This is one reason why we push away converts. We set obstacles in their way so they can taste what it’s really like to be Jewish. So that it should be clear from the outset that a Jewish life is not an easy one. There will always be obstacles. The only difference is, before conversion the obstacles are from without—stubborn rabbis who tell you, “Don’t bother with Judaism.” After converting, those same rabbis will welcome you with open arms, and there will still be a voice telling you not to bother—but then it will be a voice from within you.

If you can overcome the resistance set up by the rabbis, then you have a good chance of being able to overcome the inner resistance that is the struggle of every Jew.

Aron Moss is rabbi of the Nefesh Community in Sydney, Australia, and is a frequent contributor to Chabad.org.
Artwork by Sarah Kranz.
© Copyright, all rights reserved. If you enjoyed this article, we encourage you to distribute it further, provided that you comply with Chabad.org's copyright policy.
 Email
Join the discussion
1000 characters remaining
Email me when new comments are posted.
Sort By:
Discussion (308)
November 6, 2016
So, Guillermo, this man has suffered pogroms. That means that non-Jews have murdered his friends and relatives. And this has made him dubious about the motives of non-Jews, even about sincere people such as you.

And because of that, you think it is a good idea to murder Jews?

That is an amazing response. One insult from one Jew and you decide that all Jews should be murdered?

It sounds as if you do not like Jews.

It is not enough to love Torah. To be a Jew, you need to love Jews. You certainly cannot be a Jew if you dislike Jews, much less if you think Jews should be murdered in pogroms.

What did you say to him that revealed your true feelings about Jews?
Harry
London
October 30, 2016
Guillermo, that is pretty harsh. I can understand your feeling perturbed at the Rabbi's response but his response is not a justification for progroms. It is the opposite, in fact: progroms, and centuries of persecution are WHY the rabbi chose such discouraging words. It is not easy to be a Jew.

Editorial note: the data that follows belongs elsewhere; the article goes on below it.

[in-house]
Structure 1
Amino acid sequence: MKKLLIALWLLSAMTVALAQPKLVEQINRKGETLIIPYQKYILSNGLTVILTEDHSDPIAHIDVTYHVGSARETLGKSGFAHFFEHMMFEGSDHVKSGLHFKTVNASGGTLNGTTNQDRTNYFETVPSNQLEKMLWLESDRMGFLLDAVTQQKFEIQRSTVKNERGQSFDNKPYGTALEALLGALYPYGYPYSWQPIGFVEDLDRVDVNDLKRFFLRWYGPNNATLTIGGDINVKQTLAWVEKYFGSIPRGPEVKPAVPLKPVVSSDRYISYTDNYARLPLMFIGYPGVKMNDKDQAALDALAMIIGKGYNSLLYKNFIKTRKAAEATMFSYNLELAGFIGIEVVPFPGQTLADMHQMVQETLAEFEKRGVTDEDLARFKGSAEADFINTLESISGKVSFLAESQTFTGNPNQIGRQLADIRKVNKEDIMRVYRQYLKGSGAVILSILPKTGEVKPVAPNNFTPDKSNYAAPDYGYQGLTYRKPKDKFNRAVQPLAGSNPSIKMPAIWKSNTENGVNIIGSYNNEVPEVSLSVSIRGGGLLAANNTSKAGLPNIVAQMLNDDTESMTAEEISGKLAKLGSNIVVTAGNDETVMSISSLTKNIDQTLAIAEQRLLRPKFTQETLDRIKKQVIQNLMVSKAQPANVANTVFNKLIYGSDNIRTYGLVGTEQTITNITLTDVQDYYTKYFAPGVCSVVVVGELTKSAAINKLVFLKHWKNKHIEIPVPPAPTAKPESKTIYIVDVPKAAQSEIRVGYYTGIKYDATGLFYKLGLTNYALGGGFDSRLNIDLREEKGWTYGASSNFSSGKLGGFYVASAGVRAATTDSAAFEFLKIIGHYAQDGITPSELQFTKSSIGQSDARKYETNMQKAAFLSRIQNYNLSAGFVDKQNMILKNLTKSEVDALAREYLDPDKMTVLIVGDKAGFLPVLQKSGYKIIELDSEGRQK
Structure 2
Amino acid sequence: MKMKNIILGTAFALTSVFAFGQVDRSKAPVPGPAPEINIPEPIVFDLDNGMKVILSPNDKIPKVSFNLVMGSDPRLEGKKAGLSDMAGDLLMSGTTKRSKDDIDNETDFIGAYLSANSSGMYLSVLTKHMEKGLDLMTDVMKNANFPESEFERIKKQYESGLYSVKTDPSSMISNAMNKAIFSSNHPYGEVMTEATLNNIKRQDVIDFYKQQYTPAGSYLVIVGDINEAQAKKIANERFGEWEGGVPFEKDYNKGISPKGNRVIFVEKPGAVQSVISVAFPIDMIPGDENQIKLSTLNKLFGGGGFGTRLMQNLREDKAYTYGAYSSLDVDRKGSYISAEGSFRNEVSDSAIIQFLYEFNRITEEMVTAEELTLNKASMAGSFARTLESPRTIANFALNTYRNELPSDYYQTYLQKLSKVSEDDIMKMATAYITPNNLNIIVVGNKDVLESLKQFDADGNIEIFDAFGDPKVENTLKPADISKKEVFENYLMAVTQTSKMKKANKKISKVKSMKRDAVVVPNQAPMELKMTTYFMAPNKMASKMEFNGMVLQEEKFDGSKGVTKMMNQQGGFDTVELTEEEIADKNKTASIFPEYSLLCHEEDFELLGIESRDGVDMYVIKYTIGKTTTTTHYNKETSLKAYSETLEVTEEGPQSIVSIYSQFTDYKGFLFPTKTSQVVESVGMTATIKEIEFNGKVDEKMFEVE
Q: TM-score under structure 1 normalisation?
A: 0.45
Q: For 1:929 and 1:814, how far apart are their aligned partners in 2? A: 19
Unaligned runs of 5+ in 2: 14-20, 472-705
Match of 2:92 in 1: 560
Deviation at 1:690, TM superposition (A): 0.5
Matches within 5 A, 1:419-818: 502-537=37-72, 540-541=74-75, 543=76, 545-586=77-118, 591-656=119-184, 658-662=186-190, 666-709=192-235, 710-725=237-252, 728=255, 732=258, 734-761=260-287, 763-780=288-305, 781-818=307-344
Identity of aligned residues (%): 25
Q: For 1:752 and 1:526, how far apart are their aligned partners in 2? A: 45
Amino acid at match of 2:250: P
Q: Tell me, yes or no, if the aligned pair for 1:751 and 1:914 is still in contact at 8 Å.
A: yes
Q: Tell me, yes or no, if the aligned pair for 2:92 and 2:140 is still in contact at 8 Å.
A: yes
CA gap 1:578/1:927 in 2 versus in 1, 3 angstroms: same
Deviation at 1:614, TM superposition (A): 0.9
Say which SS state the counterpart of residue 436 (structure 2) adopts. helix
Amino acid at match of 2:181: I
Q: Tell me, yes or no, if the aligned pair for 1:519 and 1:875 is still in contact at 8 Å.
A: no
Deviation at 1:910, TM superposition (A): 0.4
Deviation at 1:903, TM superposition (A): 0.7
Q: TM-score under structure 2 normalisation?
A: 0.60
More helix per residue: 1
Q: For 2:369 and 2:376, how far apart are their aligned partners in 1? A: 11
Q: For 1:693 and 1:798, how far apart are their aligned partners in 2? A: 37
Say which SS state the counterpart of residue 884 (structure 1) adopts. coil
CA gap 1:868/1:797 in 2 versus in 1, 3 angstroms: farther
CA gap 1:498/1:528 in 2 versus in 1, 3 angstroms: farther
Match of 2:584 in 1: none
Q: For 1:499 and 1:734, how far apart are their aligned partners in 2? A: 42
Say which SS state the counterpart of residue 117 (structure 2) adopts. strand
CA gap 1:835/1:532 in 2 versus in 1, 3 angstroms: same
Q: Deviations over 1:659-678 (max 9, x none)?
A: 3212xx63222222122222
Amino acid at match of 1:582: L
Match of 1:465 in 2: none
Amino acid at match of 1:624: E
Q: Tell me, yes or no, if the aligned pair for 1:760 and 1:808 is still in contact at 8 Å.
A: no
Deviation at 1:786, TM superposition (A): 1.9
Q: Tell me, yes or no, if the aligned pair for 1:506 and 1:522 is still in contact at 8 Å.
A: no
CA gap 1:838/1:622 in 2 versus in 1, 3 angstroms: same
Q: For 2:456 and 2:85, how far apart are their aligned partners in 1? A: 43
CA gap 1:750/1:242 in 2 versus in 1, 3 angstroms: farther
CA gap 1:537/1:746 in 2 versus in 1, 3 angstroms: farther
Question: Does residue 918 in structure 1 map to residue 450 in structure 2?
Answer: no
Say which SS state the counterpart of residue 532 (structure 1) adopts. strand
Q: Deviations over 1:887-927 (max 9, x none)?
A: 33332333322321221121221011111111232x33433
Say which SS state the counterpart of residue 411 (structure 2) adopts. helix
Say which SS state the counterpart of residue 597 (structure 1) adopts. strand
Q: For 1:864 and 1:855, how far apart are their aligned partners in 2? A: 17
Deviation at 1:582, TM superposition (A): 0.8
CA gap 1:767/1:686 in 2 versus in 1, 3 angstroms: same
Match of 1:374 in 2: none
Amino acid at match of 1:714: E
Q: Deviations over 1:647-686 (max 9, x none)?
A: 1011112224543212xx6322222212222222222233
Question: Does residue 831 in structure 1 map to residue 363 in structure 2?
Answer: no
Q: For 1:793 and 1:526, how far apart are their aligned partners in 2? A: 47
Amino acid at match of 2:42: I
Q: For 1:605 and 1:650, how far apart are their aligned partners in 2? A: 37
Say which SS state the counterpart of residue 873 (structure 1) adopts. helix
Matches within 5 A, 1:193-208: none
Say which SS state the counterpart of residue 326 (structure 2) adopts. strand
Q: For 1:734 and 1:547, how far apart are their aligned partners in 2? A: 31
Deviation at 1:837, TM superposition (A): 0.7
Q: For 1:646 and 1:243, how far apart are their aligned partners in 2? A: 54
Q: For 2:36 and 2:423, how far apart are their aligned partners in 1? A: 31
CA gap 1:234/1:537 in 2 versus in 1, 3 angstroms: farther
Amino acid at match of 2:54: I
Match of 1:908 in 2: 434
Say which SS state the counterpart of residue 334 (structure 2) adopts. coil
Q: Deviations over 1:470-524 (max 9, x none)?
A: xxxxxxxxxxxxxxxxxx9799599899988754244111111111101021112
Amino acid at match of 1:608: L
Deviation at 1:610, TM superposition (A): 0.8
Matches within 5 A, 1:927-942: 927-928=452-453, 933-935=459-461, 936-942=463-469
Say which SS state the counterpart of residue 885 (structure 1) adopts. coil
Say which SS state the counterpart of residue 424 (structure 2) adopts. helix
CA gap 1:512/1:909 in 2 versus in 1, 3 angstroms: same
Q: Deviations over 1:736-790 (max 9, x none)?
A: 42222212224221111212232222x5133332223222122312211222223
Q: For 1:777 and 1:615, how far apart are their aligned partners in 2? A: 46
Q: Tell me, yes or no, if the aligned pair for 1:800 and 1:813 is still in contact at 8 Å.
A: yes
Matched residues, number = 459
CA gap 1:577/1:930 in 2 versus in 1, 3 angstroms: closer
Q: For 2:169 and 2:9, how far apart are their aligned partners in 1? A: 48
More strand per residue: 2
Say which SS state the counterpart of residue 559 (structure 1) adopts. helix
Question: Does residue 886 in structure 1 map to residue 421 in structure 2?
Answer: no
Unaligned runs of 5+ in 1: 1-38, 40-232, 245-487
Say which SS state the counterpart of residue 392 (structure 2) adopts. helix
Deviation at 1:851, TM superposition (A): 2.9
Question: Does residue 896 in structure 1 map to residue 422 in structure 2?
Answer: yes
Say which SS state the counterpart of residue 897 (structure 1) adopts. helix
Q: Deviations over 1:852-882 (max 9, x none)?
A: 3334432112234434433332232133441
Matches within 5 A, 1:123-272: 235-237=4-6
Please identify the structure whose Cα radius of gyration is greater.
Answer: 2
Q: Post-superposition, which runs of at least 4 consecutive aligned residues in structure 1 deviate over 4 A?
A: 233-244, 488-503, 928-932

Myrna Solganick
middleton
October 27, 2016
Rabbis arrogance
I am of spanish roots and all my life in study if judaism my son and me when he became 19 years old we finally decide to join Judaism and hebrew people... We always supported economically Israeli organizations ; in the day we were ready the rabby asked my son question after question , everything about Judaism , history , hebrew, Torah we pass all the questions he was amased, but said " how is that a goyim wants to become Jew and immigrate to Israel , economical interest?, why at this age better go back with your people," of course his words were more degrading then the short phrase I wrote here, in me being upset , I told him I love torah I love HaShem and israeli people, but I couldn't stand in front of a man that said to represent Him that way... That's no Judaism that's no Torah .. If that was his attitude and the lack of respect for non jewish people who love them and that was the same attitude they had in Germany and Spain and France and other countries, now I understand progroms
Guillermo
July 20, 2016
Barbara, Craig and Phillip - re: Pilate
we also don't really know how much of that passage in the christian bible was written after Constantine's decree. I've always felt the so called "trial" and the events leading up to is it written in a very theatrical fashion but it is dogma and so we were not supposed to question it.
Anonymous
April 6, 2016
Barbara and Craig
It seems to me, Craig, that Barbara is saying that crucifixion is a Roman (not a Jewish) method of execution.